Malnutrition in a sample of community-dwelling people with Parkinson’s disease
Objective: Malnutrition results in poor health outcomes, and people with Parkinson’s disease may be more at risk of malnutrition. However, the prevalence of malnutrition in Parkinson’s disease is not yet well defined. The aim of this study is to provide an estimate of the extent of malnutrition in community-dwelling people with Parkinson’s disease.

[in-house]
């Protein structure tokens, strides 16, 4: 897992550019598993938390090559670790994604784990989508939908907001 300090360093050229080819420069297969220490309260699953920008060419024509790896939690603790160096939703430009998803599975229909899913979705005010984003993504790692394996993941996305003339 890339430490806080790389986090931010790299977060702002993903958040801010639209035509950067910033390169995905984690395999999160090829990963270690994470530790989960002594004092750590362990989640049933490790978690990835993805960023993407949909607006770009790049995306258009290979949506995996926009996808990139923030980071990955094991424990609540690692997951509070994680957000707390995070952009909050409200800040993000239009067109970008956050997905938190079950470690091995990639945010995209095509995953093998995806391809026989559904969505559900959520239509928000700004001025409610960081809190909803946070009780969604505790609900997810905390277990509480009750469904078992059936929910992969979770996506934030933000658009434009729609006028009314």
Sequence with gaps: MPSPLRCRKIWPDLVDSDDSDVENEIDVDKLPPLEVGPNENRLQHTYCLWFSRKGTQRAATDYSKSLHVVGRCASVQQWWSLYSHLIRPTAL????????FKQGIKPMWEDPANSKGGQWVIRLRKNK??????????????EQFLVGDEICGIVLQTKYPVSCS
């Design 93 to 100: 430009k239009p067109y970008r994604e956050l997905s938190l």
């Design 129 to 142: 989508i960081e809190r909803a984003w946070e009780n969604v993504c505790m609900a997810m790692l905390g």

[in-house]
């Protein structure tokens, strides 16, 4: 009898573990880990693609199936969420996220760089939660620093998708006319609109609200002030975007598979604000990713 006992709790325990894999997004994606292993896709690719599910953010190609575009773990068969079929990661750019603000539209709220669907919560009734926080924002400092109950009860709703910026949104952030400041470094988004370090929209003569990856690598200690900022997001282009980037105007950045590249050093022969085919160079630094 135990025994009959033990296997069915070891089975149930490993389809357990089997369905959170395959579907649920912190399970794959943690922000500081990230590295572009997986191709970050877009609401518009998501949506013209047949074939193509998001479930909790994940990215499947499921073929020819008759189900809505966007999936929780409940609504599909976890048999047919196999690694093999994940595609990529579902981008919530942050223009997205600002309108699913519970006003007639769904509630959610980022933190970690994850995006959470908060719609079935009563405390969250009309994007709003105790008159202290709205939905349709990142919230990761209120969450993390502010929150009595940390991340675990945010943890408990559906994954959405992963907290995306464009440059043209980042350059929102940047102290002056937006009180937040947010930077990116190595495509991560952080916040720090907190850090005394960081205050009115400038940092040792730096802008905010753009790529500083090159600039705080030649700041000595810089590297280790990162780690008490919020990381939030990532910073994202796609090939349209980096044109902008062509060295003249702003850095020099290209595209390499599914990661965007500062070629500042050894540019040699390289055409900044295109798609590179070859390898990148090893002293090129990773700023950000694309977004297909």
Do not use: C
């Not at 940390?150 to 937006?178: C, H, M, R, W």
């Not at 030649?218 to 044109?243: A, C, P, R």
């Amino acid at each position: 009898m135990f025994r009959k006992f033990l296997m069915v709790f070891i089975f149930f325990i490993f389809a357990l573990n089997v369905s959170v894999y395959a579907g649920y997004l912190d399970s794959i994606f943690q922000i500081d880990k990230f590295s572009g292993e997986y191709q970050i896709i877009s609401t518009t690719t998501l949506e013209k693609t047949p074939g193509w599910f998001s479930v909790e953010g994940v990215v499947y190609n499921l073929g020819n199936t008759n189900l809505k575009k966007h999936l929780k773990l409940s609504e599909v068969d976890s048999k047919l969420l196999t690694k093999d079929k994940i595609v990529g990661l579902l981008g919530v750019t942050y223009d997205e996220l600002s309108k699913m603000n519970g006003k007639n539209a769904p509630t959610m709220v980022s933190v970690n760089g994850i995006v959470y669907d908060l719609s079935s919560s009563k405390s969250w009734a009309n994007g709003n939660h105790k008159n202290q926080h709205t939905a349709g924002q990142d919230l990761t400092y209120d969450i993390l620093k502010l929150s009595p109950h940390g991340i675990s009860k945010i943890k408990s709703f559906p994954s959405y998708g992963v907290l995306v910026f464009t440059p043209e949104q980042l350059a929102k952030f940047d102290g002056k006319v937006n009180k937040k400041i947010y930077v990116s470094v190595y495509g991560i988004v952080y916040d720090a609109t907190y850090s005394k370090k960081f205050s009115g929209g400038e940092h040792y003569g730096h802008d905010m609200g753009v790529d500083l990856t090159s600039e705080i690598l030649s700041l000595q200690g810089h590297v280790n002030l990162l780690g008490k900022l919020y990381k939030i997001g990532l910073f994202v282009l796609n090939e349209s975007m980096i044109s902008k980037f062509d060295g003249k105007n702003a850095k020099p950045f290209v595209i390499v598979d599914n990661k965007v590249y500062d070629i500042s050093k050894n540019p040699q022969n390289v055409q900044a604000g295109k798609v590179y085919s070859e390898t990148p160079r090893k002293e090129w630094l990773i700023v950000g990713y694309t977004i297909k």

Methods: This is a cross-sectional study of people with Parkinson’s disease residing within a 2 hour driving radius of Brisbane, Australia. The Subjective Global Assessment (SGA) and scored Patient Generated Subjective Global Assessment (PG-SGA) were used to assess nutritional status. Body weight, standing or knee height, mid-arm circumference and waist circumference were measured. Results: Nineteen (15%) of the participants were moderately malnourished (SGA-B). The median PG-SGA score of the SGA-B group was 8 (4 – 15), significantly higher than the SGA-A group, U=1860.5,p<.05. The symptoms most influencing intake were loss of appetite, constipation, early satiety and problems swallowing. Conclusions: As with other populations, malnutrition remains under-recognised and undiagnosed in people with Parkinson’s disease. Regular screening of nutritional status in people with Parkinson’s disease by health professionals with whom they have regular contact should occur to identify those who may benefit from further nutrition assessment and intervention.
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